Miranda Cuckson violin
Blair McMillen piano
Recorded January 2015, Auditorio Stelio Molo RSI, Lugano
Engineer: Markus Heiland
Produced by Manfred Eicher
Release date: April 15, 2016
Violinist Miranda Cuckson and pianist Blair McMillen make their ECM New Series debut in a program of three 20th-century Slavic masterworks. The two-part Sonata No. 2, Sz 76, of Béla Bartók (1881-1945) was composed in 1922, a time when Bartók was deeply into expressionism yet content in mapping two idiosyncratic detours for every step he took in someone else’s shoes. It opens with a profoundly simple statement, intoning the same note on the violin six times across the palimpsest of a piano key strike. Cuckson makes each iteration distinct before swimming against the delicate cascade that ensues.
Bartók’s folk influences are by turns clear and obscure, weaving with playful assurance throughout his compositional fabric, and the push and pull between the instruments has never sounded so continuous as in this rendition. The dancing Allegretto gives a range of insights into the composer’s distilling process, which by virtue of its underlying force makes an overlying confidence necessary to carry it across in performance. In that regard, Cuckson’s bow feels like two feet: separate yet guided by the same brain. McMillen’s artful exuberance likewise uproots colorations with systematic abandon. The piece ends as intimately as it began, forgetting every leap as a temporary severance from the gravity of mortality.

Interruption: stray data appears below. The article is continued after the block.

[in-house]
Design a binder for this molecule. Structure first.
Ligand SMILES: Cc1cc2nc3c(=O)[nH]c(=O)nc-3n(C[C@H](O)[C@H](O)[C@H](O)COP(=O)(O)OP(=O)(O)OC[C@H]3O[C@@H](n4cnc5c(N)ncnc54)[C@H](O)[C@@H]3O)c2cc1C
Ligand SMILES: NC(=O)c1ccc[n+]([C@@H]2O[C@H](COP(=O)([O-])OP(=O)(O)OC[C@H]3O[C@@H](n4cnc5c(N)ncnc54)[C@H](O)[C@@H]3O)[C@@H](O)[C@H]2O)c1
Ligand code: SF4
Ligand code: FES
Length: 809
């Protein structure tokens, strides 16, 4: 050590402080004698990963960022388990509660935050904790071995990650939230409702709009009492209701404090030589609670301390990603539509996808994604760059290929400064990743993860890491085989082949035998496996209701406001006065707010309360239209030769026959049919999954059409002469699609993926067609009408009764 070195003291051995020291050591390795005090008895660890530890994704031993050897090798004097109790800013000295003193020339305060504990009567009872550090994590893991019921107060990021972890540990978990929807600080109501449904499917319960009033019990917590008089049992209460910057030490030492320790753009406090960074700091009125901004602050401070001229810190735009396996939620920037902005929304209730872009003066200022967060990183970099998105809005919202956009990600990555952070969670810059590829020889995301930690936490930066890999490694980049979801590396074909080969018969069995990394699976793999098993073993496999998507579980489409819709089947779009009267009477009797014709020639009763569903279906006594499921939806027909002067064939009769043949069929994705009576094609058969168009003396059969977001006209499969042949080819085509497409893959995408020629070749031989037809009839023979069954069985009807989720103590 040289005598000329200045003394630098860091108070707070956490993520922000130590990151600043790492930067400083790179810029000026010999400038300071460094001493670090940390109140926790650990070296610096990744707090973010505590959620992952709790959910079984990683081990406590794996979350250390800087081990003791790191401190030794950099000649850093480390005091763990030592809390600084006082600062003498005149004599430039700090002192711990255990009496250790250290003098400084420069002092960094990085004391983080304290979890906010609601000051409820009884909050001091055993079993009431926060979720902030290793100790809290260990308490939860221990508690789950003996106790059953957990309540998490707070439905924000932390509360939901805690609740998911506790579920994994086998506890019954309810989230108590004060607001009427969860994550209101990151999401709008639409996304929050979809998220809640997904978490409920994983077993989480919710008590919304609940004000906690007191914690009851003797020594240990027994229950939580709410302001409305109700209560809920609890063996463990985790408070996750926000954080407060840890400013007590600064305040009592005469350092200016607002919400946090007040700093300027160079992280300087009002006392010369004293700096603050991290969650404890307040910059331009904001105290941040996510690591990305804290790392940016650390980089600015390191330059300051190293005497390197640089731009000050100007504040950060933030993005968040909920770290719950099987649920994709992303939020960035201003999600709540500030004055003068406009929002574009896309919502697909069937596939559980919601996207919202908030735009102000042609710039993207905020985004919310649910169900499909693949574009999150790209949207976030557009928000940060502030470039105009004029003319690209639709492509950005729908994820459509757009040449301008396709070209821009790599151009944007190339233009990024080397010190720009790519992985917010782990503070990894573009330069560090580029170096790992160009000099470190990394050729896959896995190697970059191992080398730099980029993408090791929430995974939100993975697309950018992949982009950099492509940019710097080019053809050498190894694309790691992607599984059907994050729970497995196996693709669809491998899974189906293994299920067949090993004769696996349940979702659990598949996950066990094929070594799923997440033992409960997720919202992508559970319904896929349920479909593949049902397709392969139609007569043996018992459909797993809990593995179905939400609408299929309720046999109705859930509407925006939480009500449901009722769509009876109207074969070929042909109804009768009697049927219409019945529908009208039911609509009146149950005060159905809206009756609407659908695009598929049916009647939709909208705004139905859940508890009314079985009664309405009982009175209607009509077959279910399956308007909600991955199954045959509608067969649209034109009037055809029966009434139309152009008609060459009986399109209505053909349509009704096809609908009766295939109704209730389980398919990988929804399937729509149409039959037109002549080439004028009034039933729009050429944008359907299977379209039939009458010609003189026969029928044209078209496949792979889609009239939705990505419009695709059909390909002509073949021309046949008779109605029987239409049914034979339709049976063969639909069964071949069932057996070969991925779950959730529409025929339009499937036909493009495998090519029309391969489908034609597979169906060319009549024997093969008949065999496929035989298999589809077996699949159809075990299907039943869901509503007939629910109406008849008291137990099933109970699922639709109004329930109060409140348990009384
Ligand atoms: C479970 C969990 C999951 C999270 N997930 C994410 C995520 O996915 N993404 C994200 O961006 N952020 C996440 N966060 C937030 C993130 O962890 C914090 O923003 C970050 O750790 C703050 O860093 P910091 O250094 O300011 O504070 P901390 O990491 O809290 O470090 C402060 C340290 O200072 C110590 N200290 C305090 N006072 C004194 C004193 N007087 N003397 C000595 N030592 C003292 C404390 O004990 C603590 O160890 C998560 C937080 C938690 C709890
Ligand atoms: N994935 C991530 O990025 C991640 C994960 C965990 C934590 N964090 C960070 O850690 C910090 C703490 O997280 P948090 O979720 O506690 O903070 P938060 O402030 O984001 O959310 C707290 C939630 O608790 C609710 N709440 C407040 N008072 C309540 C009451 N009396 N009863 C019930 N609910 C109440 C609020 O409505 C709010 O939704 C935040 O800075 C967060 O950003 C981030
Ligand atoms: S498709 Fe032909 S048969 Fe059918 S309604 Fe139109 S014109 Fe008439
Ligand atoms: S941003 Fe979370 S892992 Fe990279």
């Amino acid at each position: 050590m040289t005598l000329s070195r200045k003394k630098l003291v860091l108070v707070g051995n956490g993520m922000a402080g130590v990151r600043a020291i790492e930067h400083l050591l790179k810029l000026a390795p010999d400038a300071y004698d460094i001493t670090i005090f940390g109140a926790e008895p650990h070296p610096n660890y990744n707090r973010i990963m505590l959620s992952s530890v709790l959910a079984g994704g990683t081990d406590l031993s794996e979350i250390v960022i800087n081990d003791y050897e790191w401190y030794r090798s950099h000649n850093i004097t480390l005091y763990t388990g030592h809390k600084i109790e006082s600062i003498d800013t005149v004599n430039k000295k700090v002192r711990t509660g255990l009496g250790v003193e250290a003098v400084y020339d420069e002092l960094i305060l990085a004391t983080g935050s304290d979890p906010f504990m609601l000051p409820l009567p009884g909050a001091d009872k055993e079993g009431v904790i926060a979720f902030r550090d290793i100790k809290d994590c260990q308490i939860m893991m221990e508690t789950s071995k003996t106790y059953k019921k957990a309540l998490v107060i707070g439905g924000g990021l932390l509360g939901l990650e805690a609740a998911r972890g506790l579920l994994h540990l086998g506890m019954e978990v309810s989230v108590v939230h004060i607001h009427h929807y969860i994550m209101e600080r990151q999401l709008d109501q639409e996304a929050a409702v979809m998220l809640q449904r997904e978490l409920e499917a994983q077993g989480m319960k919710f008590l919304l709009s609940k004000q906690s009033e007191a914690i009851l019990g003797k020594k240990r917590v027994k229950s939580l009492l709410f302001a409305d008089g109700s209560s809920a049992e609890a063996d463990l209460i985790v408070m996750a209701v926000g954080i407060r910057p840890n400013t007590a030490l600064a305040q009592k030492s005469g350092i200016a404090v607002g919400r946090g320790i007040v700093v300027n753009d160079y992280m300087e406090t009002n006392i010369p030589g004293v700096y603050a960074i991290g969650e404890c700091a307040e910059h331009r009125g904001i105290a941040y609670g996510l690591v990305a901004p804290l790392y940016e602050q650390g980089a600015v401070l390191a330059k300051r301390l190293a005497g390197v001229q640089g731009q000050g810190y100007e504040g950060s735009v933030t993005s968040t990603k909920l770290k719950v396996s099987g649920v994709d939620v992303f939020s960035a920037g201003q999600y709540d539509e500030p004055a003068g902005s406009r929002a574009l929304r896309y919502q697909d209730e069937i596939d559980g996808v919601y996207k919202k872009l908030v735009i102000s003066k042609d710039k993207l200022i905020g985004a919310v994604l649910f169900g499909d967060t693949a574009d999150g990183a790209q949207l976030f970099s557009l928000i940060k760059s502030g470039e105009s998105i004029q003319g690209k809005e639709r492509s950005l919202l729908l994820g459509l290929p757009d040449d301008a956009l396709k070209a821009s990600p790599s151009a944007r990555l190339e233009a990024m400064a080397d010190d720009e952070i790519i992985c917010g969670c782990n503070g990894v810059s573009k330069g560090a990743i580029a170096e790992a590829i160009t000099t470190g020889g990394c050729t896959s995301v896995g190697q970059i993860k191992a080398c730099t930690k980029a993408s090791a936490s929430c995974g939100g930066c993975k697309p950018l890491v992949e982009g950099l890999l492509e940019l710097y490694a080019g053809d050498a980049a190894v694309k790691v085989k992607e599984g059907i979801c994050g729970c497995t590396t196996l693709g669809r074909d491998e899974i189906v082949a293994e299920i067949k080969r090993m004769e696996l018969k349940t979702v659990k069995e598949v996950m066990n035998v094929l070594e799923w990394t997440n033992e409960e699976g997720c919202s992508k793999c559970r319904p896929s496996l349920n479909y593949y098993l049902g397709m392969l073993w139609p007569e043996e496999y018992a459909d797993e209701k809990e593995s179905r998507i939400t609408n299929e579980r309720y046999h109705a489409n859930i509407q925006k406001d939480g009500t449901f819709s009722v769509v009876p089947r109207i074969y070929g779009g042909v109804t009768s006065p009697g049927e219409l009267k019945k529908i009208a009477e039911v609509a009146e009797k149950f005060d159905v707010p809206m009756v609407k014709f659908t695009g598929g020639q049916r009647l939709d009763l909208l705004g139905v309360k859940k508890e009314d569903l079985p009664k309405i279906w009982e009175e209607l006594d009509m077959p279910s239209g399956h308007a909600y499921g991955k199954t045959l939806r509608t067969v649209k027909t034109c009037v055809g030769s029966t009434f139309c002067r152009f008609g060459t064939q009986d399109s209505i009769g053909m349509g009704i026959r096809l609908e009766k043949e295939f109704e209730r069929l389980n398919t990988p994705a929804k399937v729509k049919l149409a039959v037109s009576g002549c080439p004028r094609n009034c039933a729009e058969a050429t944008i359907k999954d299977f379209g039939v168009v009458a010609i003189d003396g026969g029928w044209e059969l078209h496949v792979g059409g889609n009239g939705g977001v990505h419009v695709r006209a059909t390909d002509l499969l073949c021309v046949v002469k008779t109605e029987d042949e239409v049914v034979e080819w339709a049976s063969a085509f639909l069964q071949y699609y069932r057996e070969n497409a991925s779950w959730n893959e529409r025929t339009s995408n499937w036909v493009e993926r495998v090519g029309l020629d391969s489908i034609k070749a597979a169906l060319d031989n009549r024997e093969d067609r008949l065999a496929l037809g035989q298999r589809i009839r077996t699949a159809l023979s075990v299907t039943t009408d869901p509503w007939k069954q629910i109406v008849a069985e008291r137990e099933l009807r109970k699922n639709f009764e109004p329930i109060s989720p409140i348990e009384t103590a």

(Photo credit: Caterina di Perri)
The Sonata No. 2 “Quasi una sonata” of 1967/68 is a brilliant dip into the font of Alfred Schnittke (1934-1998), whose previous ECM appearances have been equally marvelous. The subtitle here means “like a sonata,” thus betraying the composer’s disdain for the constraint of something so pedantic. Its brazen chords, exaggerated silences, and whimsical details showcase the spaciousness of Markus Heiland’s engineering. Cuckson’s navigations of every angle are wonderous to behold, and McMillen’s presence feels at once responsive and directive. From the airy and mysterious to the grounded and profane, vignettes cohere by the unwavering creativity of both artists. The more insistent and programmatic the music becomes, the less one needs to cloak it in expectations. The default mode of this anti-sonata, then, isn’t pretty entertainment but on-the-ground activism. Ending as it does, violin alone and swooning, it has no qualms over dissolution.
From the pen of Witold Lutosławski (1913-1994) comes the Partita for Violin and Piano (1984), finishing the program with something conceptually between its two predecessors. Comprised of three through-composed pillars and garlanded by two ad-libbed sections between, it is a somewhat gloomier yet no-less-playful exposition of plurality. The first movement, marked “Allegro giusto,” is distinguished by its vertigo-inducing glissandi. Such meticulous imbalances work their way through everything that follows, finding only partial traction in the final Presto, as if resolution were the very antithesis of happiness. This leaves us with a wealth of impressions to choose from, any one of which might describe these pieces just as well, yet which falls short of touching fingers around motifs that have no use for category.